Am packing; completing last minute details before leaving for Christmas. Two friends went home in recent days, but Christmas correspondence has been a real joy, sharing with so many, and catching up in our lives. I’ll spend Christmas weekend with family and then work a week or two in the print shop at Reformation Publishers, before returning north.
With that, let me add a few details about a high school sophomore who experienced a life-changing encounter with himself and later transitioned from his scars to stars. It begins in 1978, twenty-two years before he and I became significant friends.
One Friday, while walking off the football field, this lad invited his friend to stay over night. When the friend said no, his question demanded “Why?”’
The simple answer explained that the boy’s parents were afraid “of what kind of trouble he might get into staying all night with me.” That Sophomore heard a new sound that day in the mountains of southeast Kentucky, a voice he came to recognize as “the voice of God.”
It was not an audible voice, but I recognized “Him-- convicting; a piercing voice that spoke to my very soul!” The question was, “Is that what you want in life?”
That prompted him to visit a local church. He attended five straight Sundays. He liked what he heard, saw, felt, and learned. On the fifth Sunday--October 8, 1978--he went forward and gave his life to Christ. Pastor Dennis Creech took him under his wing and involved him in the growing youth group. Eventually, Steve heard a call to preach. That brought a further commitment--1979.
When someone introduced him to the church magazine Vital Christianity, that led to his participation in a special church campaign to increase subscriptions. His parents subscribed and he eventually read the centennial issue that reviewed the history of the first 100 years of the Church.
He read it cover to cover. Like a magnet, the pictures and articles so excited him that the following June--1980--he and a friend packed their camper and drove to the Church’s Centennial Convention in Indiana (He returned in 1981 and has not missed since).
The two young men spent all their money on books. As he tells it, they enjoyed the delicacies of green bologna and dirty socks in the back of the truck under the camper.
When his first order to the church publishing house brought Russell Byrum’s Christian Theology and The Responsible Pulpit by Dr. James Earl Massey, they excited him and became the direction in which God seemed to lead his life.
There, in the basement of his home, he read his books avidly. As his book corner grew, and his collection expanded, becoming a full shelf, then another. A friend dubbed the growing book nook-- “Warner’s Corner” after the founder of the Church and Publishing House.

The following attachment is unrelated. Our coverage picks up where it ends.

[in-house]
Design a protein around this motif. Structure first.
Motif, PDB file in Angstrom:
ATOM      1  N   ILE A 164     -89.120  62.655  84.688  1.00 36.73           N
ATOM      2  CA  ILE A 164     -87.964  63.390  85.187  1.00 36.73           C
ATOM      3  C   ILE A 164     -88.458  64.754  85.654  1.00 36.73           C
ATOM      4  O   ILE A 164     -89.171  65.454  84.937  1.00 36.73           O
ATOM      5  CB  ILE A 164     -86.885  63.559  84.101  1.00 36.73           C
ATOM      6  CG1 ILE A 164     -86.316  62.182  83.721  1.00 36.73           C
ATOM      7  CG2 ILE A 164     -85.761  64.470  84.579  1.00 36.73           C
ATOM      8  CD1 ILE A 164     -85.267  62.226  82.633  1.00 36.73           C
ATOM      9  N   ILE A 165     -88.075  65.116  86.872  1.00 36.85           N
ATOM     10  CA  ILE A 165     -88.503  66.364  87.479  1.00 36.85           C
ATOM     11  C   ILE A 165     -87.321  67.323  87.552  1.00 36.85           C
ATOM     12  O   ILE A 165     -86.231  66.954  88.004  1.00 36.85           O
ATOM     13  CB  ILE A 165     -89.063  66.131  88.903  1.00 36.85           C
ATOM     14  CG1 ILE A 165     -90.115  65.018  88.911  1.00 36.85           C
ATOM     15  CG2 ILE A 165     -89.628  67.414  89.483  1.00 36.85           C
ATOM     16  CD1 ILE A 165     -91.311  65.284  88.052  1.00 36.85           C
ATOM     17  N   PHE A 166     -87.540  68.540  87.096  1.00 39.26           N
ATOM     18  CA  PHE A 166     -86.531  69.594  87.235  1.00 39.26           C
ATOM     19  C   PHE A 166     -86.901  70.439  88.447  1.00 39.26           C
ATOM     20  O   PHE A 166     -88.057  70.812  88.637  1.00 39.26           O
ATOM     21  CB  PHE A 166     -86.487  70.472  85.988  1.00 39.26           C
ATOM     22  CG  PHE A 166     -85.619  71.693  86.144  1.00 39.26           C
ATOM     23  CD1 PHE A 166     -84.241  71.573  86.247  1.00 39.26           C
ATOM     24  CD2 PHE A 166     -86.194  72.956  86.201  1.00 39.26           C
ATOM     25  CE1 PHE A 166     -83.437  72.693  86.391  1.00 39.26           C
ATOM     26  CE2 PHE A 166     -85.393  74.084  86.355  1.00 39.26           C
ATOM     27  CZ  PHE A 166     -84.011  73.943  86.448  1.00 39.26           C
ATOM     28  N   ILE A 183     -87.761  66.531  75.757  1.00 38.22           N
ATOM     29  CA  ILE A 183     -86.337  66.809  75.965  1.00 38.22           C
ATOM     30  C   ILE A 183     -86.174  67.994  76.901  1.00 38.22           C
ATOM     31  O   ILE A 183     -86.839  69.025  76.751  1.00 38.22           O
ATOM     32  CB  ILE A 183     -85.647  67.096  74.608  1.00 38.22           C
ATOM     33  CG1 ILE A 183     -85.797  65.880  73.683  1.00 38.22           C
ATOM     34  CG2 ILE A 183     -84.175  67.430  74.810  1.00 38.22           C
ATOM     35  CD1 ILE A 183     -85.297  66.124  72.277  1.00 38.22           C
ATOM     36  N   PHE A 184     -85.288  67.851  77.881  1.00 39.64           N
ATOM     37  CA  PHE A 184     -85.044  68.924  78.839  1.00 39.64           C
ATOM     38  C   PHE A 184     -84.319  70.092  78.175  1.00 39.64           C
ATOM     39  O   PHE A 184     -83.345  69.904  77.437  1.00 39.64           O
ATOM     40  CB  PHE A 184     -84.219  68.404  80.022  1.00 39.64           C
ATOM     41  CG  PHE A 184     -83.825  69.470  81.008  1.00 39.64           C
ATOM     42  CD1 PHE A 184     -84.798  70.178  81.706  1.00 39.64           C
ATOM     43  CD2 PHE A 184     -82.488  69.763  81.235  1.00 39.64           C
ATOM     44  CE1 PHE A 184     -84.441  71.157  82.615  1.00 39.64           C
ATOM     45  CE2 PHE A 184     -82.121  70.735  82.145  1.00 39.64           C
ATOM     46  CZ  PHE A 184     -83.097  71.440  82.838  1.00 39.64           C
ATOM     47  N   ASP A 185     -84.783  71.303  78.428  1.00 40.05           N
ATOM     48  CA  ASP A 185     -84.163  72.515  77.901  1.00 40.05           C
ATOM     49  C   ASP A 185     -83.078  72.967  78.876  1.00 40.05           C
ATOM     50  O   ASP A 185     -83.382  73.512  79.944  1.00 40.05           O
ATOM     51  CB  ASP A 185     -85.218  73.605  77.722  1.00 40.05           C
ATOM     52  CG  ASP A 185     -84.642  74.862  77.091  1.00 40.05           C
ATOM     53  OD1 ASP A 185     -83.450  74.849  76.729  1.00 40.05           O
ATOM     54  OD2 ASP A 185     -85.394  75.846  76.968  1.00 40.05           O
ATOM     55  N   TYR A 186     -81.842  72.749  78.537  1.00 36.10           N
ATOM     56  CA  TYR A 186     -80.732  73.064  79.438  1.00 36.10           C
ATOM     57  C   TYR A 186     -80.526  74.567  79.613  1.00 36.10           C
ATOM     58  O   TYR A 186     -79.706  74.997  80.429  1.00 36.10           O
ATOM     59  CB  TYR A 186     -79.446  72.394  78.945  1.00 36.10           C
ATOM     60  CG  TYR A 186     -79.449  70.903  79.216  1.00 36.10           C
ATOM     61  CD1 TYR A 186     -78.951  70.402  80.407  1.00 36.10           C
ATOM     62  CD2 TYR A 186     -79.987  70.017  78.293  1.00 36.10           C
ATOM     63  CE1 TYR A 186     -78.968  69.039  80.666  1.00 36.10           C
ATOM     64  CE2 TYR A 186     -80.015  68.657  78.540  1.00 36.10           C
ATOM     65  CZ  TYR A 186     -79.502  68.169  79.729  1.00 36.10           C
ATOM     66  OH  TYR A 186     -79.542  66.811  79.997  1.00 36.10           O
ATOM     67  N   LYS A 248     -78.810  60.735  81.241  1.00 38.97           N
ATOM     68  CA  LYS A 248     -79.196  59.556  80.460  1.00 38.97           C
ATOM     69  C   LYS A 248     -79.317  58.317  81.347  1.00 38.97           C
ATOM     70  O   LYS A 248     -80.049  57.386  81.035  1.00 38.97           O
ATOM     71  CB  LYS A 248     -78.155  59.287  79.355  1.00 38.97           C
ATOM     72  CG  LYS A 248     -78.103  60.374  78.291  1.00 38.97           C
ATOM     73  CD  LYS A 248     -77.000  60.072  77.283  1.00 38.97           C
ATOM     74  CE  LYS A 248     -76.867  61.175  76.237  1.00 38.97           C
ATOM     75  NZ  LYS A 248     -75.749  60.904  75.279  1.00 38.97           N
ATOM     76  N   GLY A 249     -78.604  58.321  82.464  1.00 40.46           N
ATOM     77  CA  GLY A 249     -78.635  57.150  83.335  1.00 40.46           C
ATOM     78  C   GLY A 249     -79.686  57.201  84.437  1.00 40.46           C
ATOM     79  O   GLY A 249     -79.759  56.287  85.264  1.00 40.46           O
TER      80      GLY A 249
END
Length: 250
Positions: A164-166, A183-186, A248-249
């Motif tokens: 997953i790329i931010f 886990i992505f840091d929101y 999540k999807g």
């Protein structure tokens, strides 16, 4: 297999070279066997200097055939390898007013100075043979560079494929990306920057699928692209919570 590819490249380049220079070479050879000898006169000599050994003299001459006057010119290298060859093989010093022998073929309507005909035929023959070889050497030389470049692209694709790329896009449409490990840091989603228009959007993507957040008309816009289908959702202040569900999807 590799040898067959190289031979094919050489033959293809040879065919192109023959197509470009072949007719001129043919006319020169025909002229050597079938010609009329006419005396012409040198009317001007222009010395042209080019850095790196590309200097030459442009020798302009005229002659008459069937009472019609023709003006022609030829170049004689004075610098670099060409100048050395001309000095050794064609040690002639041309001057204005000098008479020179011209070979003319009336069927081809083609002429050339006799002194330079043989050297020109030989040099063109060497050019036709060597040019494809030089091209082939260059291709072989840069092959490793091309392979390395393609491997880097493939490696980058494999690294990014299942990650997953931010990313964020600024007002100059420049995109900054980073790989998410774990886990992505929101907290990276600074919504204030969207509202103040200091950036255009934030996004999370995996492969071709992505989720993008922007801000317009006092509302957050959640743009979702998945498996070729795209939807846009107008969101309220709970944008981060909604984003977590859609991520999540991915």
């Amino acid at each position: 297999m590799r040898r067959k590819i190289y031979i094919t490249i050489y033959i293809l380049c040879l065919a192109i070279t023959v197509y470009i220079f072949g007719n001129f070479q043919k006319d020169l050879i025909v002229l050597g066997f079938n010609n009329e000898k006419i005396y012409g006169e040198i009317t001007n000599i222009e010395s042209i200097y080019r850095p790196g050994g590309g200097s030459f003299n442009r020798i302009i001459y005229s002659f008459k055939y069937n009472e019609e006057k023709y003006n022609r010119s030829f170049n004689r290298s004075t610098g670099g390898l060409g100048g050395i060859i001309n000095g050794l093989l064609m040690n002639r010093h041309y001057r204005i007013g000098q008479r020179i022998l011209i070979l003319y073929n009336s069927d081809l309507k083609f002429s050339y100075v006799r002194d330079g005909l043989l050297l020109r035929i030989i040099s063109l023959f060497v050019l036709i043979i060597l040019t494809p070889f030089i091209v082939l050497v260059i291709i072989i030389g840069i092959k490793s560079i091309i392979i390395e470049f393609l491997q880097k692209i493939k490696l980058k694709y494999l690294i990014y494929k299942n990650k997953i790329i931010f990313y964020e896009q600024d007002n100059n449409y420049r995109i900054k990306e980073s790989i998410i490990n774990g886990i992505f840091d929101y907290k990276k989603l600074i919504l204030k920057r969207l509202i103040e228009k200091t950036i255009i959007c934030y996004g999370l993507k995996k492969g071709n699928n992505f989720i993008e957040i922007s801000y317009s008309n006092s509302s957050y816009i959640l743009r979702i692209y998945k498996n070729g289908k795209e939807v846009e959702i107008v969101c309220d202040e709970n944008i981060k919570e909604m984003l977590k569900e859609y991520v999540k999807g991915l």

Already a teenage Volunteer fire fighter, he wanted to attend University and become a professional firefighter. After feeling led to consider a preaching career, he made that commitment at Youth Camp--1980.
His first attempt to preach produced a five-minute failure--he thought. From it, he prayerfully discovered that if he ever succeeded it would be because God enabled him. He accepted that and enrolled at Anderson University. By 1988, he completed Seminary.
Steve pastored nine years at Springfield Northside, then moved to a second pastorate. There, his marriage totally collapsed. He moved home, heart-sick and depressed--a failure--divorced. In mid-1998, he agreed to be a guest speaker at a nearby church - really hard, but they liked him.
In December of 2000, the church asked him to be their interim pastor. Later, they asked him to stay on. He became good friends with a member of the Pulpit Committee--both divorced--and in time they became Pastor Steve and Martha (Wells) Williams.
This talented couple is now highly regarded in southeast Kentucky for their civic and religious work. Martha is a specialized medical educator. Dr. Steve is a bi-vocational pastor-printer--a reprint specialist via Williams Printing and Reformation Publishers.
Together, they enjoy an expanding circle of friends and loyal supporters. Martha works for the Kentucky Vo-Ed system and Steve prints-publishes books, school yearbooks, out of print Church of God classics, and local printing needs.
I’m headed there shortly, God willing, and winter storms don’t hinder. Following Christmas, I‘ll go for a week or two in the RP print shop. Say a prayer for Steve and RP. Big companies are hubbing it hard and Reformation Publishers is no exception.
Steve faces difficult days ahead. He works long hours, shorthanded, and struggles to stay abreast. He needs our support--churches, pastors, and interested others. He provides the church a much-needed service, working with our national agencies, servicing a growing number of east Kentucky schools, and meeting other area printing needs (his church ministries are not self-supporting).
Since I’ve been volunteering for about nine years, should you call the toll free number one day, don’t be surprised if I answer the phone--1-800-765-2464.
Meantime Steve, congratulations on your ten years with the church at Prestonsburg, KY and for the many services you‘ve provided to the Church of God. You’ve turned your scars into stars … God is still making a difference in people’s lives ...